June 1, 2024 – The Department of Health and Human Services (HHS), including its four agencies CDC, FDA, NIH, and ASPR, in partnership with the U.S. Department of Agriculture (USDA), remain focused on keeping communities healthy, safe, and informed in response to the outbreak of H5N1 in dairy cattle. CDC continues to assess that the risk to the general public is low.

However, farmworkers who work closely with infected animals are at a higher risk of infection. As a result, across the U.S. Government, the Administration has taken a number of actions to enhance farmworker safety and to provide clear information to inform decisions made by workers and employers. For more information on the ongoing response, please visit FDACDC, and USDA’s ongoing H5N1 update pages.

If farmworkers or others with contact to infected animals are feeling sick, or exposed to livestock is in need of personal protective equipment (PPE) they should contact their state health department for assistance. Additionally, the U.S. Government is taking the following actions to reduce the risk to farm workers:

Protecting Farmworkers and the Public


PPE Assistance: The Administration for Strategic Preparedness and Response (ASPR) is making PPE available to protect farmworkers and others who may come in contact with infected animals through the Strategic National Stockpile (SNS), supplementing commercial availability and state-managed stockpiles. States can request face shields, face masks, gloves, and goggles from the SNS if needed, giving them further flexibility to comply with CDC recommendations. ASPR will also make oseltamivir (Tamiflu) available upon request to jurisdictions that do not have their own stockpiles and are responding to treatment of symptomatic persons with exposure to confirmed or suspected infected birds, cattle, or other animal exposures. To date, ASPR has worked with six states to provide PPE to ensure farmworker safety. Additionally, USDA is providing financial support for producers who supply PPE to employees and/or provide outerwear uniform laundering, for producers of affected herds who facilitate the participation of their workers in USDA/CDC workplace and farmworker study.
Genomic Analysis: CDC will continue to perform timely analyses of HPAI (H5N1) virus isolates to identify genetic changes that might allow for spread more easily to and between people, more serious illness in people, reduce susceptibility to antivirals, affect the sensitivity of diagnostic assays, or reduce neutralization of the virus by vaccine induced antibodies.
Safety Guidance: CDC and USDA have updated guidance for people who work on dairy farms and in slaughterhouses, provided guides for how they can protect themselves, and continue to engage with state health departments to encourage them to have concrete plans in place to be able to test and treat workers in the event of an H5N1 outbreak among livestock. In response, additional tools have been added so farmers can better keep their herds and workers healthy and reduce the risk that the virus may spread to additional herds. USDA issued a Federal Order to limit spread of the disease, which included mandates for testing prior to interstate movement of lactating dairy cattle, a ban on interstate movement for affected herds for 30 days, and a requirement that labs share positive tests with the federal government. This has resulted in increased testing of cattle over the last month since the order was implemented.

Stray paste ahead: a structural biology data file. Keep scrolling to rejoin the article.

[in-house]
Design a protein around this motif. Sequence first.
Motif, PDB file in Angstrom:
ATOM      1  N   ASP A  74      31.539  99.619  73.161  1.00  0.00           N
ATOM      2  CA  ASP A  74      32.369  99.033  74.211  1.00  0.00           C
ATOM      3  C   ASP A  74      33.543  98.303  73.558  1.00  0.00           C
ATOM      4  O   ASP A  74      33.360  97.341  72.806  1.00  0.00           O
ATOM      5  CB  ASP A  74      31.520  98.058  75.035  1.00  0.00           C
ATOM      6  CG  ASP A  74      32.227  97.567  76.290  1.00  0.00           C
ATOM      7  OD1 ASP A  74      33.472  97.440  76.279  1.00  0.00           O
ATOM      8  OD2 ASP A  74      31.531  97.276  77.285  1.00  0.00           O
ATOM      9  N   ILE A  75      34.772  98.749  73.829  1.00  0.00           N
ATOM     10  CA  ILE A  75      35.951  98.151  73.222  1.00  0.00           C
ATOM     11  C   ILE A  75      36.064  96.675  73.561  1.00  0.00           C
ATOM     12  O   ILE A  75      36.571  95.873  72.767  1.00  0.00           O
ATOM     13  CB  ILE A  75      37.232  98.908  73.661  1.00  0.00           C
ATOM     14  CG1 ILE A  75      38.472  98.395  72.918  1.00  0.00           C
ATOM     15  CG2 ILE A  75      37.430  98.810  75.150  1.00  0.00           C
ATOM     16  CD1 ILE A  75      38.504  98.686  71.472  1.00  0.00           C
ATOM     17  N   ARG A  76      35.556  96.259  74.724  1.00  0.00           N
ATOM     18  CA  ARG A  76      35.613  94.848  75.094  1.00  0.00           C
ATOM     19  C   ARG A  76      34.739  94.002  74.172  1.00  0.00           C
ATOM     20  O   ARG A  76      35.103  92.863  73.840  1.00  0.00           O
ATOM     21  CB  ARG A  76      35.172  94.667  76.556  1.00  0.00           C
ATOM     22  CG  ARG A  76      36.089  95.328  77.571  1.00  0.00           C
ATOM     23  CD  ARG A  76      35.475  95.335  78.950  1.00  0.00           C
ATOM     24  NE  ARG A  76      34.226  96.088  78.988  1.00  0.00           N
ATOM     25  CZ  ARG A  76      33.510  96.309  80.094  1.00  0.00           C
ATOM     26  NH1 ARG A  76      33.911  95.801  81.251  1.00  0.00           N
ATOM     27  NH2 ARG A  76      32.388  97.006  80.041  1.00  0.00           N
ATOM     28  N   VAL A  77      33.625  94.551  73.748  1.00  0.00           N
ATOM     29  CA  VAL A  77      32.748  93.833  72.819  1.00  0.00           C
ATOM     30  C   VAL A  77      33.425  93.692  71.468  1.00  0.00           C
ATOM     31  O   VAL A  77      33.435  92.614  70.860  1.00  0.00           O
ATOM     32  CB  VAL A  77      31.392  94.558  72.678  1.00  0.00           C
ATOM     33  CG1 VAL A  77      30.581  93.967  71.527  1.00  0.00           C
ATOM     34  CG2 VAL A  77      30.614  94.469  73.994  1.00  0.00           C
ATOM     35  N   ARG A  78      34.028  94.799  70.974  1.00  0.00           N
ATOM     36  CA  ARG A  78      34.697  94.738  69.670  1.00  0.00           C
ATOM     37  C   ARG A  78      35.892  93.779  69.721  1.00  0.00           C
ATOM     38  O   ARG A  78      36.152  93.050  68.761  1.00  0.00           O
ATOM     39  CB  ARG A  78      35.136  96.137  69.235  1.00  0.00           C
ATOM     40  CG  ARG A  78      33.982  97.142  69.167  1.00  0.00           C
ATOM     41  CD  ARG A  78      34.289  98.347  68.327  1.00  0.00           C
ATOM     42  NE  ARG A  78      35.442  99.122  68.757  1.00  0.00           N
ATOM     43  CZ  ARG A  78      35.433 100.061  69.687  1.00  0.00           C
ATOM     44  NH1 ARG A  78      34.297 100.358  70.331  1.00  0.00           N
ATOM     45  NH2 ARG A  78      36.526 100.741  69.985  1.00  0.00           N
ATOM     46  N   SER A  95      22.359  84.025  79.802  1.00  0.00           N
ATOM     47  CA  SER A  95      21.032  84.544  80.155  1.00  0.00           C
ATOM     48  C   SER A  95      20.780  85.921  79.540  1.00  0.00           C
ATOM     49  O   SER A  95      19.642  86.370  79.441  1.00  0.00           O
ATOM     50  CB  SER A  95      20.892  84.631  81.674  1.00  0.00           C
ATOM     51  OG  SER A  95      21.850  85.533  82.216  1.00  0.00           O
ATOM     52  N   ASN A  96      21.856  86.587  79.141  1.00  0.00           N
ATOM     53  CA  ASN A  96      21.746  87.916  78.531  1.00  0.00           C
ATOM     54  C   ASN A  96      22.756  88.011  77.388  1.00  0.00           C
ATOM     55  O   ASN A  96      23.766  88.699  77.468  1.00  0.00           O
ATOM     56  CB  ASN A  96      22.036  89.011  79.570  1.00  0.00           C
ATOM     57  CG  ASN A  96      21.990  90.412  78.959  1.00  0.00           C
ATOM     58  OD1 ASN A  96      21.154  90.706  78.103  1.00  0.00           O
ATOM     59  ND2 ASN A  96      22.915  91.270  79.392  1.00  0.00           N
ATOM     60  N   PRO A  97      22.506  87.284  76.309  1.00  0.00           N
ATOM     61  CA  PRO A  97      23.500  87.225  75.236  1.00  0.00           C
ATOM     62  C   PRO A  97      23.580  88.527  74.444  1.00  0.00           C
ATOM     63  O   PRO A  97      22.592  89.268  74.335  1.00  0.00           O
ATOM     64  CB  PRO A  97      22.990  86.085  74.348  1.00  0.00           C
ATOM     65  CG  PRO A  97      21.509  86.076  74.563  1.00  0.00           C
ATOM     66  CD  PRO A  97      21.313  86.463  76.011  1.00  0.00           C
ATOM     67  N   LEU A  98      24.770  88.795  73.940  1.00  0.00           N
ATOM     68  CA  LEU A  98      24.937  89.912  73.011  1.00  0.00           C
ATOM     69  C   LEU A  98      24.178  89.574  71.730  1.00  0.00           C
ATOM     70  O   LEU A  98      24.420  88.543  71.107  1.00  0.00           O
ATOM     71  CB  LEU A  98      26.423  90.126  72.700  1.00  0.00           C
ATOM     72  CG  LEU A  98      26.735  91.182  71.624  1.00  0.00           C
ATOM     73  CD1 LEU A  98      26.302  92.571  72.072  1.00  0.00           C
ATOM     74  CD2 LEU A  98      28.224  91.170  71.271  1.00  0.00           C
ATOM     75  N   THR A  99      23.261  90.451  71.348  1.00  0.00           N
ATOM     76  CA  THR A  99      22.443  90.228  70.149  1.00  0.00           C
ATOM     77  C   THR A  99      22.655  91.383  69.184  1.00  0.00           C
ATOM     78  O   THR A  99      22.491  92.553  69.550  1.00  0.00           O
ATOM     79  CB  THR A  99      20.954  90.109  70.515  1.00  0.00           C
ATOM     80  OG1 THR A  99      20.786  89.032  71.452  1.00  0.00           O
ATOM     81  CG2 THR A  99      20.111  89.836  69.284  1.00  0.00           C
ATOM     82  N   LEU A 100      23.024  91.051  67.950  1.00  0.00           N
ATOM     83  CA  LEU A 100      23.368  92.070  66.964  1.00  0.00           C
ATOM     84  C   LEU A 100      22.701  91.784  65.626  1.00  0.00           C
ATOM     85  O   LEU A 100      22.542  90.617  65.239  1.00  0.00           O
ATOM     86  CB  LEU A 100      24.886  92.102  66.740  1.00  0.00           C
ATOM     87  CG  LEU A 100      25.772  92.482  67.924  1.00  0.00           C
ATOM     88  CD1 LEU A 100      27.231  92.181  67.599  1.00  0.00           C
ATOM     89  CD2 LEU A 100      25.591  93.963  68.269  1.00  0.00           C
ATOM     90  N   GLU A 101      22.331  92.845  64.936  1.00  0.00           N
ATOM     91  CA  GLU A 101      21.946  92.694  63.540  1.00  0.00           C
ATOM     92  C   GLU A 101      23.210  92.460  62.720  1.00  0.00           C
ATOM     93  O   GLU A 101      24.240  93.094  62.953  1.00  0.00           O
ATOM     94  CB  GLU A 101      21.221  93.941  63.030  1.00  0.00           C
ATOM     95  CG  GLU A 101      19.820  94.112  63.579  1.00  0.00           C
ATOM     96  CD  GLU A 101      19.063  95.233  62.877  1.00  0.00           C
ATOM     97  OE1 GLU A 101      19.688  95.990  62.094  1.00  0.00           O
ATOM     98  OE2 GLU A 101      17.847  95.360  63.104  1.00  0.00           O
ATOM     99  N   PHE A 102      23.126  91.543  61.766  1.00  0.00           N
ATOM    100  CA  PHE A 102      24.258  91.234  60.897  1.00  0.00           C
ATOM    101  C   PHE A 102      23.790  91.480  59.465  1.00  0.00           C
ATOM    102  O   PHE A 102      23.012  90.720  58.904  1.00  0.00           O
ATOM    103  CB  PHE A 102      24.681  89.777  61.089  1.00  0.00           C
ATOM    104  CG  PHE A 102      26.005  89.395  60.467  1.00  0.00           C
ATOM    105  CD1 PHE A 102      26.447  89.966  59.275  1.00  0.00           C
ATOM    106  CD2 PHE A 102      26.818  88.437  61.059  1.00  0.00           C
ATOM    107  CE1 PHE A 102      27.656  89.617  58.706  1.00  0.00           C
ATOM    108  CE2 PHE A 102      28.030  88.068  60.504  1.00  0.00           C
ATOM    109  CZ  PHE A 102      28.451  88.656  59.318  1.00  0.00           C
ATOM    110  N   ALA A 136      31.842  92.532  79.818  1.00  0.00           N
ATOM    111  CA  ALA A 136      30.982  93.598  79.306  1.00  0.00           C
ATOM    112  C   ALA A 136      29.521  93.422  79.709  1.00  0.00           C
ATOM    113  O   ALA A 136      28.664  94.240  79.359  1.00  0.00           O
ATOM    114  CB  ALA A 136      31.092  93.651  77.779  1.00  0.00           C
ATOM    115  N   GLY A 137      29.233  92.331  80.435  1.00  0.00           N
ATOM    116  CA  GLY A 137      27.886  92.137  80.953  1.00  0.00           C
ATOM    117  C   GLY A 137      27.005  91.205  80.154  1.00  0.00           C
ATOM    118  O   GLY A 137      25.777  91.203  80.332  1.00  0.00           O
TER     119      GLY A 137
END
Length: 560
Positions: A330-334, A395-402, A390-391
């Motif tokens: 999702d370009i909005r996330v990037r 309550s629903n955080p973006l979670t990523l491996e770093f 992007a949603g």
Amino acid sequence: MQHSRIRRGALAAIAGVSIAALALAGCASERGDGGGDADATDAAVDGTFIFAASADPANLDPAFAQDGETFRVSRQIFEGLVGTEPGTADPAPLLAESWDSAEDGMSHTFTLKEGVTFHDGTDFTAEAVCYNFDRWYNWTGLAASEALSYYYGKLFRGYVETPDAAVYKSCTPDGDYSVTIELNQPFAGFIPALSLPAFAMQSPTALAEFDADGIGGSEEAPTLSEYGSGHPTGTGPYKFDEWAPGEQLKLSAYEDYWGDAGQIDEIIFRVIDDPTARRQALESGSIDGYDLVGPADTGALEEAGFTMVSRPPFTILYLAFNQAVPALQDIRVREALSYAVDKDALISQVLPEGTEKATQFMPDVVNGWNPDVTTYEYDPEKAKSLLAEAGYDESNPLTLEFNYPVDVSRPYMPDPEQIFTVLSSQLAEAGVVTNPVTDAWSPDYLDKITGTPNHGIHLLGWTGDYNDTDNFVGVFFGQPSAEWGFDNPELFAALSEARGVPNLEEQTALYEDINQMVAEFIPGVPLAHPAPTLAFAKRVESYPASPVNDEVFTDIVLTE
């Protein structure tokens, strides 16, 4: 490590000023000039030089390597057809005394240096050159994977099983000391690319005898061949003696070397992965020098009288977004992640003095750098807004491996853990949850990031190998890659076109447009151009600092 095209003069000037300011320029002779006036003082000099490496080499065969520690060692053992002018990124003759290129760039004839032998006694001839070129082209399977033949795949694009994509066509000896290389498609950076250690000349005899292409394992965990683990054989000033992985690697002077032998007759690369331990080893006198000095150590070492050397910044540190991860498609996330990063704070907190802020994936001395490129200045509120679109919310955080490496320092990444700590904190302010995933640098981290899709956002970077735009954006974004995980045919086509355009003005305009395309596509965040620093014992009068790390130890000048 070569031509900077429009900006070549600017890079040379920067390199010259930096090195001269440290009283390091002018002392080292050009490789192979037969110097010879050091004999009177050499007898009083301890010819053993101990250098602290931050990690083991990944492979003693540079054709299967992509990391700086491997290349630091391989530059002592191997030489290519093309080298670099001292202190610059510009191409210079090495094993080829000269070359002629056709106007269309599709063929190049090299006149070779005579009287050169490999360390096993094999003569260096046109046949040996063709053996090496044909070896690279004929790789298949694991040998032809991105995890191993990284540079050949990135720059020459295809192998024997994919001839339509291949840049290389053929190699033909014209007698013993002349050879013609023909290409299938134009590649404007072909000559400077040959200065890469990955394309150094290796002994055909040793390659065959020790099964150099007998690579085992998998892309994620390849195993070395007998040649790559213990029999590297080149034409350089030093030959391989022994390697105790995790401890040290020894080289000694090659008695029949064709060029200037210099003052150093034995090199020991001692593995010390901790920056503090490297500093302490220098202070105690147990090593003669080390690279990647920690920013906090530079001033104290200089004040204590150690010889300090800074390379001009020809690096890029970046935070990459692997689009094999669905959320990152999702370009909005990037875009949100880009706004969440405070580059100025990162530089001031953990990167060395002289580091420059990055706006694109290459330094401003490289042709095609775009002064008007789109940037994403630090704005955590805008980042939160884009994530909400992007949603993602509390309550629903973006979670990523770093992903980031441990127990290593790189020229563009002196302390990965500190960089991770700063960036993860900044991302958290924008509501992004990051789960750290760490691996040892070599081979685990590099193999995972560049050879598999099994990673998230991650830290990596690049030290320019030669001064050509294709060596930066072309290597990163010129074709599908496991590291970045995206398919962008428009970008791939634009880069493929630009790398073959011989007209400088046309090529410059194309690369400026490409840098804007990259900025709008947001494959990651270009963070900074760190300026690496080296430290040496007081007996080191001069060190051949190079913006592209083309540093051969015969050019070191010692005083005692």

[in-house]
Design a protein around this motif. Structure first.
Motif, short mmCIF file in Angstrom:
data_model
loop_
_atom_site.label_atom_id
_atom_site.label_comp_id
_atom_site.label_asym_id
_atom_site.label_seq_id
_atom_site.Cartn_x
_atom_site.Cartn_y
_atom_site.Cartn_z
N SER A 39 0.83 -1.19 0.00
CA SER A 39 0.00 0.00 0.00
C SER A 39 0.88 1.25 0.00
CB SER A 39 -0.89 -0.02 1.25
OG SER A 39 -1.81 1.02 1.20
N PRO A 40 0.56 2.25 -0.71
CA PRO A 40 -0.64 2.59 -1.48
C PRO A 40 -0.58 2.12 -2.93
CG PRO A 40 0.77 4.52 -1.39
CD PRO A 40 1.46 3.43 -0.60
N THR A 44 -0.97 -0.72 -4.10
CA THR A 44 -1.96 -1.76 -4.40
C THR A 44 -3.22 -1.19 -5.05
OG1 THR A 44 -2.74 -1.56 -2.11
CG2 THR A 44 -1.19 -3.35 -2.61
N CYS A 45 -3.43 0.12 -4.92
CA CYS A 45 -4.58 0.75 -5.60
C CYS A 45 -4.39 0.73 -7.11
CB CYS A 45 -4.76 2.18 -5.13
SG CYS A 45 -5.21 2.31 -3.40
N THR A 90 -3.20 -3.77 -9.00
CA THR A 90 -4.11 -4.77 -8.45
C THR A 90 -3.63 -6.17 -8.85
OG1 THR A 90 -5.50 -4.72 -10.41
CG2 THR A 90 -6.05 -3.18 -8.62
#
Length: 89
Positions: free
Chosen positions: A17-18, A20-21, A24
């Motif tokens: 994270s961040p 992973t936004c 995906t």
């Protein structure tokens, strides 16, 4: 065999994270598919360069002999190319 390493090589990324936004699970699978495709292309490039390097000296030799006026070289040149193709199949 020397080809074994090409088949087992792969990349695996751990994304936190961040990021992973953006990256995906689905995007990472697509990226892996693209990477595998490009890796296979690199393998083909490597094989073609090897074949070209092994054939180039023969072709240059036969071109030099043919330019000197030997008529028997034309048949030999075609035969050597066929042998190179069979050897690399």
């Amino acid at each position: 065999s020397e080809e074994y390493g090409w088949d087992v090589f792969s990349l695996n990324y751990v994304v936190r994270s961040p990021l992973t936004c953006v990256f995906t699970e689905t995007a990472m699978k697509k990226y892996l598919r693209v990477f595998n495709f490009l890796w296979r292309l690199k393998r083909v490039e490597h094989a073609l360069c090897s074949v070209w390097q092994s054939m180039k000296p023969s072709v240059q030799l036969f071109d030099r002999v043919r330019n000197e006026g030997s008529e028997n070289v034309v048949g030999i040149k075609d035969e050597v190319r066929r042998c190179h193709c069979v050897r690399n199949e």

Treatment: CDC had posted recommendations for Influenza Antiviral Treatment and Chemoprophylaxis with oseltamivir.
Educating Workers on Avian Flu: USDA and HHS’s Office of Intergovernmental & External Affairs (IEA) has held regular briefings with a broad range of organizations focused on food system workers (e.g., animal production workers, farmworkers, meat and poultry workers) and rural health stakeholders to keep them apprised on the latest developments and share information and written resources in multiple languages about the supports that the federal government is making available to protect workers. ASPR, CDC, and USDA have been regularly communicating with state agriculture and health officials as well as other partners about these resources. CDC is also investing in targeted social media, streaming audio, and display ad placement in areas with infected herds to reach poultry and livestock farmers, dairy farmers, and other farm workers with messages about their heightened risk and recommended protective measures in English and Spanish.

Monitoring and Understanding Disease Transmission and Severity


Health Surveillance: CDC working across the U.S. Government has identified an additional $93 million to make further investments in epidemiology, surveillance, and data analytics; wastewater and genomic surveillance; testing and laboratory capacity; vaccine activities; and partner efforts to reach high-risk populations. This builds on experience battling avian influenza globally and domestically – their system allows CDC to spot flu infection trends in advance and positions the agency to be able to detect this virus, down to the individual case.
Exposure Monitoring: CDC is working with state and local health authorities to monitor exposed persons for illness. In most states, this means state public health officials are working with a trusted messenger in the community to alert public health when someone becomes symptomatic; in Michigan, state public health has direct daily contact with some impacted workers through texts.Source: HHS
  

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